Landmark Antarctica deal balance challenging, Norway says / News / The Foreigner

Landmark Antarctica deal balance challenging, Norway says. As Norwegian politicians and officials sing the Ross Sea accord’s praises, NGOs and others welcome it but highlight that it is far from being a drop in the ocean. Antarctic marine conservation experts from around the world have agreed to establish a marine protected area (MPA) in the Southern Ocean. It occurred at this week’s 35th Commission for the Conservation of Antarctic Marine Living Resources (CCAMLR) meeting in Hobart, Australia. All Member countries have agreed to a joint USA/New Zealand proposal to establish an over 1,550,000 km2 zone. This makes it the planet’s largest MPA to date.

rosssea, antarctic, southernocean, environment, penguins, whales, krill, toothfish, paywall



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Landmark Antarctica deal balance challenging, Norway says

Published on Friday, 28th October, 2016 at 19:03 under the news category, by Michael Sandelson   .
Last Updated on 28th October 2016 at 20:10.

As Norwegian politicians and officials sing the Ross Sea accord’s praises, NGOs and others welcome it but highlight that it is far from being a drop in the ocean.

Sea Ice in the Ross Sea, Antarctica
Sea Ice in the Ross Sea, Antarctica
Photo: Michael Van Woert/Public Domain


Antarctic marine conservation experts from around the world have agreed to establish a marine protected area (MPA) in the Southern Ocean. It occurred at this week’s 35th Commission for the Conservation of Antarctic Marine Living Resources (CCAMLR) meeting in Hobart, Australia.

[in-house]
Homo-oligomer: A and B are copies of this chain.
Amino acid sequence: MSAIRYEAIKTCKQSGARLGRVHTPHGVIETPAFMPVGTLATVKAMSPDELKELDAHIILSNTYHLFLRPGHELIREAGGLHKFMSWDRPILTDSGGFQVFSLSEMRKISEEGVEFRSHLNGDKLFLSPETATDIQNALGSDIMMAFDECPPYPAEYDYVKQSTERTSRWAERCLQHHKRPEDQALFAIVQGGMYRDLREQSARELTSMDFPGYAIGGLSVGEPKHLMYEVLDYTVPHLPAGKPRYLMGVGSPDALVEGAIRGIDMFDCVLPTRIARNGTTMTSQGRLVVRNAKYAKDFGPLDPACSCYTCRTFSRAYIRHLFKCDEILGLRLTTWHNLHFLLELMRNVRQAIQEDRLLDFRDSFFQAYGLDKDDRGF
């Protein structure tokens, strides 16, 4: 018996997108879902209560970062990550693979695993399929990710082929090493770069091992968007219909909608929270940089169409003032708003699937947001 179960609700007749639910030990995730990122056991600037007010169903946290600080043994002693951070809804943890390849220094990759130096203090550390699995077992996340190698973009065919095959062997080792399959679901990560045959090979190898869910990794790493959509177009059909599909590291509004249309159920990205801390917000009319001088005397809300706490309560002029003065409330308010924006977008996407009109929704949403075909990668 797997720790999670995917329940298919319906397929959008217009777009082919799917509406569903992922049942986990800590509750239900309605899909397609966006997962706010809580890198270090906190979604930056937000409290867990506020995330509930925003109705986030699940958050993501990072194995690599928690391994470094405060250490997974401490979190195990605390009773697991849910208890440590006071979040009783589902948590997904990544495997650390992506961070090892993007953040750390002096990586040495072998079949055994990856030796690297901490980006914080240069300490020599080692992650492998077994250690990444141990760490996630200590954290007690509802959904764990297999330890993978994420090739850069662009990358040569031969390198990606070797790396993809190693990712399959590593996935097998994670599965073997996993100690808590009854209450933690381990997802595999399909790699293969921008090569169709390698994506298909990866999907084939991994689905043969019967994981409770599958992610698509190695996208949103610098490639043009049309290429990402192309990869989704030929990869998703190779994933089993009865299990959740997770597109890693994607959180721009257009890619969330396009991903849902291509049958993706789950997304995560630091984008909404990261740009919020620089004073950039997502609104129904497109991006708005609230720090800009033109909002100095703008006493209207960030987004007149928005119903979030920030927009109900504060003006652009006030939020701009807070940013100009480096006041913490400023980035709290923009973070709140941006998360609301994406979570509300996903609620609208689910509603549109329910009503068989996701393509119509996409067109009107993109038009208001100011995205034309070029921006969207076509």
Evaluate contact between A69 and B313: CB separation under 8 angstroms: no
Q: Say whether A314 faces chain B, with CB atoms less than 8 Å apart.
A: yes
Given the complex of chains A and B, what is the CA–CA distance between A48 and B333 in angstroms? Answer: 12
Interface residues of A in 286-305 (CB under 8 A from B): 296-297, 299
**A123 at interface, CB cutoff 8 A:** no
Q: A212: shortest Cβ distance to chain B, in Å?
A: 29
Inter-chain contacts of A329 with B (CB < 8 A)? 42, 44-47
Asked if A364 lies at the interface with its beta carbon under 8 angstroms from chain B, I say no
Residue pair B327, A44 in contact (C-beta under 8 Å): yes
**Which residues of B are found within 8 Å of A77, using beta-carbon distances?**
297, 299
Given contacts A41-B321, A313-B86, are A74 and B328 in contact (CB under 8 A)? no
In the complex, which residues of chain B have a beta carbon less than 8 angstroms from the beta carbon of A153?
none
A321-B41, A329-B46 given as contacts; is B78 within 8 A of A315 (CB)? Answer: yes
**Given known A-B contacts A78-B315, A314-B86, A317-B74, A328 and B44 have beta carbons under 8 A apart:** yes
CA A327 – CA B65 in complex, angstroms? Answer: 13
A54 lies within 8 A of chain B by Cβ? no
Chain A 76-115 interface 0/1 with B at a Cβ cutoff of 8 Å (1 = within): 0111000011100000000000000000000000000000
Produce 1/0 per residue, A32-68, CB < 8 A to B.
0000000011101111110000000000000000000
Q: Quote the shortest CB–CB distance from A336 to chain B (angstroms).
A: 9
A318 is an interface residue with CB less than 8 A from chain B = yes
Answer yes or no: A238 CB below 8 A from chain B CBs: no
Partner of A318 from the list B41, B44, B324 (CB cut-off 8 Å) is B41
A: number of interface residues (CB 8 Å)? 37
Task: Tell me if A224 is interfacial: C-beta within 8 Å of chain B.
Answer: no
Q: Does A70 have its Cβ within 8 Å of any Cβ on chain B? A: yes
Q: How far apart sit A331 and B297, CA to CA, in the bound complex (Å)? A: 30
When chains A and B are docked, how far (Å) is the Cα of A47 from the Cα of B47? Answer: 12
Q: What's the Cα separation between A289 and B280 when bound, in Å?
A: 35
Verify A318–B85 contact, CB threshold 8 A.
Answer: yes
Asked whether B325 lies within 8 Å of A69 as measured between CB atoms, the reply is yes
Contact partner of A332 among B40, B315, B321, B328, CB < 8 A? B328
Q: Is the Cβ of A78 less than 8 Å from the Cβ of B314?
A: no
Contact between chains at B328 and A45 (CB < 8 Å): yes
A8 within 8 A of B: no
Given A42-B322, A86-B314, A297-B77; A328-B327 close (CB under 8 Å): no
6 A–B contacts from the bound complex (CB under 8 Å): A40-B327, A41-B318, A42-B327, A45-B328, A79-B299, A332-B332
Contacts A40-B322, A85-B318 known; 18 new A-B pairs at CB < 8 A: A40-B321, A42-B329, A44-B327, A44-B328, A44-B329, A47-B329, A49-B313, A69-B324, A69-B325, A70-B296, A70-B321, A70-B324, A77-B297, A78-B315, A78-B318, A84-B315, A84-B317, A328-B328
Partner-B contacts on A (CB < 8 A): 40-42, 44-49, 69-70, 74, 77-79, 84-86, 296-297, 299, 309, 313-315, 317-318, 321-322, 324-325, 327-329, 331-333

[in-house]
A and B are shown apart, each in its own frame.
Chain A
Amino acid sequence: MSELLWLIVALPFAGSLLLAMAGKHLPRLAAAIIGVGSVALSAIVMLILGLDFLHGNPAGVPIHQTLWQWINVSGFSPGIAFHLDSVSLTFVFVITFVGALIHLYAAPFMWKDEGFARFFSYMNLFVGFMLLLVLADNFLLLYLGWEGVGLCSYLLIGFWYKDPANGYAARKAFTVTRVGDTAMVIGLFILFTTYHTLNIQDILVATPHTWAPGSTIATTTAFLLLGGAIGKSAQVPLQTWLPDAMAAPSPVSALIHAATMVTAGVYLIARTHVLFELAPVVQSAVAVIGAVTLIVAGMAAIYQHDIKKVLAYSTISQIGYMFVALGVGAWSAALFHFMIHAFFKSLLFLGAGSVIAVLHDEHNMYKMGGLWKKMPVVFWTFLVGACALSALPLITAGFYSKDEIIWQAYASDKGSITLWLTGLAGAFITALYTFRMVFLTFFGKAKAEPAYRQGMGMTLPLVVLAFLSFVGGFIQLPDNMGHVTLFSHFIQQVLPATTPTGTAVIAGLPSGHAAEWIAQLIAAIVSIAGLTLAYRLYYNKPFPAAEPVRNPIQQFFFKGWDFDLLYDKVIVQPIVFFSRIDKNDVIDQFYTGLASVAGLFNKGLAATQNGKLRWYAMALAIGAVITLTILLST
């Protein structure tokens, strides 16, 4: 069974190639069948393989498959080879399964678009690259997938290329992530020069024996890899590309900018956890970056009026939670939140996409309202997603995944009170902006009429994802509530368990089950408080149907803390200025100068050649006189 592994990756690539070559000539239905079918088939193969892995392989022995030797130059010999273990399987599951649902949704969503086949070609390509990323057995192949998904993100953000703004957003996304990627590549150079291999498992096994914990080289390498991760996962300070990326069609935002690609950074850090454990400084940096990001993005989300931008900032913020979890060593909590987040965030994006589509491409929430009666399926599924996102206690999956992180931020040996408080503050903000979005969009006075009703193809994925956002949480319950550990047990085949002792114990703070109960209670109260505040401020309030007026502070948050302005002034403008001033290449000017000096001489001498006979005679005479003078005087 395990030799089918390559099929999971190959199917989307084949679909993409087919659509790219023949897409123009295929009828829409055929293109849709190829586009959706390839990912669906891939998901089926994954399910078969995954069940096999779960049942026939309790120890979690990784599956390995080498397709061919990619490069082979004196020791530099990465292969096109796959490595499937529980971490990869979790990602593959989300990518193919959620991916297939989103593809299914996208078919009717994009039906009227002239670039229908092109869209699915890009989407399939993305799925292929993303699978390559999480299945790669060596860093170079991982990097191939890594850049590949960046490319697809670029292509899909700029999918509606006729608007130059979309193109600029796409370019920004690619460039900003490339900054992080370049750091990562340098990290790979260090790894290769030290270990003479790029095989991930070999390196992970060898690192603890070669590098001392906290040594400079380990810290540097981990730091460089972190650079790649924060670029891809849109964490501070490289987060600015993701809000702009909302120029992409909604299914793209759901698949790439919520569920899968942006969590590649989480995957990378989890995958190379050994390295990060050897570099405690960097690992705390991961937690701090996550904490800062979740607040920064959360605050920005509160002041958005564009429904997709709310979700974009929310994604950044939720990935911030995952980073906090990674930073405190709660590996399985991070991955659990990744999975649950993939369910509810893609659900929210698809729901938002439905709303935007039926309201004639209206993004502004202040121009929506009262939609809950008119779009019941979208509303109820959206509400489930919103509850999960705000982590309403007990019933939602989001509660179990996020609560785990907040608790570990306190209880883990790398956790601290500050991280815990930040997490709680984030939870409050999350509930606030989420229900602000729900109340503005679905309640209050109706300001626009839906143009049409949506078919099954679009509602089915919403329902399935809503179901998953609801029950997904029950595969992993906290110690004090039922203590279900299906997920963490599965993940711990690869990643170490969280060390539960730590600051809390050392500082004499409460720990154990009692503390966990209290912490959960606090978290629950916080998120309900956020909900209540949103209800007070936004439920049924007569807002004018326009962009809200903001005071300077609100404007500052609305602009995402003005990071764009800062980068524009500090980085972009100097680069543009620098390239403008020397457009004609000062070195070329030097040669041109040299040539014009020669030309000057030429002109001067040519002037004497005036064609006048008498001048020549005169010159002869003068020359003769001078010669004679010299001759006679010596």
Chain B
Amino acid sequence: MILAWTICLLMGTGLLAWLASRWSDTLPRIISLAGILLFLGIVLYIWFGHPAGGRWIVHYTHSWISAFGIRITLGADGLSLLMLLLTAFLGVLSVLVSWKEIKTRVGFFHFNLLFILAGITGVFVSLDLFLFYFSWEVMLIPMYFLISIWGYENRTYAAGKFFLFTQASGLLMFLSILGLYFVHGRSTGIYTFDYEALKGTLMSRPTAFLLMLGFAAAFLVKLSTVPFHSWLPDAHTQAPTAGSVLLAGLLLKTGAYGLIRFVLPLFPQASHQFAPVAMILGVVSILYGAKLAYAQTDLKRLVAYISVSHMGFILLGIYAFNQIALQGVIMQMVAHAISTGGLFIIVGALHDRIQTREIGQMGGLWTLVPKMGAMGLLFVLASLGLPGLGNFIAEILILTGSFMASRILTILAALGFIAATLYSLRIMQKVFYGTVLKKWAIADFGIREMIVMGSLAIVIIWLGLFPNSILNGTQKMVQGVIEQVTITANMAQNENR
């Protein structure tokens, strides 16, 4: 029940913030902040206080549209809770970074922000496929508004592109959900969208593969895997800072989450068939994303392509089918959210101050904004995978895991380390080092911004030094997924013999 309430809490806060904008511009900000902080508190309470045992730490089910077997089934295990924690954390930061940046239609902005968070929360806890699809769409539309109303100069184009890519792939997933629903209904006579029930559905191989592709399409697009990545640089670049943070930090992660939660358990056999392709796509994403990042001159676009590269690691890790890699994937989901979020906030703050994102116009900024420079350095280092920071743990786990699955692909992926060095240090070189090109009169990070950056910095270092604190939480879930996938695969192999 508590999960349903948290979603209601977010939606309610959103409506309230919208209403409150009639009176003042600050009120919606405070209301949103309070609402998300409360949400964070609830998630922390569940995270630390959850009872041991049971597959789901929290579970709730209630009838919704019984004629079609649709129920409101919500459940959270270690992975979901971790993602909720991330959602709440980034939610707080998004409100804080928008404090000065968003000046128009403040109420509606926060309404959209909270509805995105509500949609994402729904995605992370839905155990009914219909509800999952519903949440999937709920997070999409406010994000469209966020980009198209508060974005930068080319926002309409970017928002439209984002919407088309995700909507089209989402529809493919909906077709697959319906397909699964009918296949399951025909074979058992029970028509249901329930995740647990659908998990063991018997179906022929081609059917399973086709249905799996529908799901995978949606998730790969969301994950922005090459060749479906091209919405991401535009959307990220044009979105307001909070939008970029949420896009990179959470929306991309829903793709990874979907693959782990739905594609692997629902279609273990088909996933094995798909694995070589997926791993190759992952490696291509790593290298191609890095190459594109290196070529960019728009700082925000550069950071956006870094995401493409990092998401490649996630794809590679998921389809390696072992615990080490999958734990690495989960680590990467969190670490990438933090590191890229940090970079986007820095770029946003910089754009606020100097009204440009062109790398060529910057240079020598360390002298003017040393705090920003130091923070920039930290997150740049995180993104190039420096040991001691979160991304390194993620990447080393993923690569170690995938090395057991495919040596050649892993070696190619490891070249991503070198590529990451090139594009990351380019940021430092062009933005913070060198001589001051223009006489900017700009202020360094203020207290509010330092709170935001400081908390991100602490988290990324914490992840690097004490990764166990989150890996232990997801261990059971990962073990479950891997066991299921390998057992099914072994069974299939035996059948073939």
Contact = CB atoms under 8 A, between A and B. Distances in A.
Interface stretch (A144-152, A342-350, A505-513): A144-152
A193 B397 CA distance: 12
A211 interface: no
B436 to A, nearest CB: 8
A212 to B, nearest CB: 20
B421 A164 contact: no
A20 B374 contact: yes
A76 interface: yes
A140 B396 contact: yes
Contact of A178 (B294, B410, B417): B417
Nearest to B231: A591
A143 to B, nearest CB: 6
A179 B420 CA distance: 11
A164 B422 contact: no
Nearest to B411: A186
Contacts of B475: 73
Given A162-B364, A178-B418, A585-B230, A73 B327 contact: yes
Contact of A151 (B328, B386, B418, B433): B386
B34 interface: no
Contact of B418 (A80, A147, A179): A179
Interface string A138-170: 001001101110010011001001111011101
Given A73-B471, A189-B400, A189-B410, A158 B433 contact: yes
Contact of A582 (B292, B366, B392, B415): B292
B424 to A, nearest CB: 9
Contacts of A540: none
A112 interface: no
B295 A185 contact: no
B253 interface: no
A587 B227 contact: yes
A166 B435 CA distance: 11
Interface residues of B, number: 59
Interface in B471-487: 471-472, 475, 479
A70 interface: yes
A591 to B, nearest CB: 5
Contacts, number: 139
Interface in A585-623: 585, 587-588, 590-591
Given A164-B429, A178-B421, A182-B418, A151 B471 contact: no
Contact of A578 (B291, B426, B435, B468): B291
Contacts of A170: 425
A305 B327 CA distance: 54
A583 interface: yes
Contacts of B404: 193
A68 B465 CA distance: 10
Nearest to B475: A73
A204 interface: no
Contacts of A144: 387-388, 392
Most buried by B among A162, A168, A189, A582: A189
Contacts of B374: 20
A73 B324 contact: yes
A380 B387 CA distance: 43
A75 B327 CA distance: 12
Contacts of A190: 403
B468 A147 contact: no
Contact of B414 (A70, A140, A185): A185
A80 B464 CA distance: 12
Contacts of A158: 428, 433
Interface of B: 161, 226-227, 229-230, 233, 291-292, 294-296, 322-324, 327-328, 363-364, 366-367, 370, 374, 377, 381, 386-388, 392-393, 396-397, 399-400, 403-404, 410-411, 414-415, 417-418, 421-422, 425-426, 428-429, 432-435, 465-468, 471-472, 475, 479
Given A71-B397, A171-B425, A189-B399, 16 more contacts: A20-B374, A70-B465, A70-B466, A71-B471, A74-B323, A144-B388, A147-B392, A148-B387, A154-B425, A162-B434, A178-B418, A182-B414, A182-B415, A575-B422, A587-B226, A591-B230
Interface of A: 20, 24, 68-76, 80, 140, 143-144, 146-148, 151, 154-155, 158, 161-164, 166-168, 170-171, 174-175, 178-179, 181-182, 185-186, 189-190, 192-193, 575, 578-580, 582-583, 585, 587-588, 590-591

All Member countries have agreed to a joint USA/New Zealand proposal to establish an over 1,550,000 km2 zone. This makes it the planet’s largest MPA to date.

“This landmark decision represents the first time that nations have agreed to protect a huge area of the ocean that lies beyond the jurisdiction of any individual country,” Andrea Kavanagh, director of Antarctic and Southern Ocean work for The Pew Charitable Trusts, says in a statement.

She currently directs Pew’s global penguin conservation work, having joined them as manager of the Marine Aquaculture Campaign. Ms Kavanagh later managed the Antarctic Krill Conservation Project, and the Protecting the Deep Sea Campaign.

“This would not have been possible without Russia joining with other countries to pass the proposal. The governments of the United States and New Zealand should also be commended for their tireless work these past six years,” she adds.

“No mean feat”

The Foreigner spoke with representatives of the Ross Sea deal’s Norwegian contingent. Norway’s official contribution to the 35-year agreement, which has taken some five years to negotiate, has been via six public entities.

The MPA
The MPA
New Zealand Ministry of Foreign Affairs and Trade
These are the Ministry of Foreign Affairs, Ministry of Trade, Industry, and Fisheries, Ministry of Climate and Environment, the Directorate of Fisheries, the Polar Institute, and the Institute of Marine Research.

Olav Rune Godø, programme director at Norway’s Institute of Marine Research tells The Foreigner by phone from Hobart that “the MPA issue has been in discussion for many years, and ended up in a special CCAMLR meeting in Germany’s Bremerhaven in 2013. Norway has played an important role in coordinating thoughts from the fishing nations.”

The Conservation of Antarctic Marine Living Resources, a consensus organisation, is composed of many nations. Some exploit fishing resources, others are interested in conservation. One of the challenges that the Norwegian delegation faced was to try to balance both.

No deal is obtained without agreement among all nations, which perhaps better-explains why so much effort and so many years were needed to arrive at today's adoption of the agreement, comments Mr Godø.

“We at the Institute have tried to find the right balance of these two regarding the deal, which requires a good deal of consensus, and contributed substantially towards trying to create balance in way that can be acceptable to all parties,” he says, adding that the agreement is also a big event for CCAMLR as an organisation.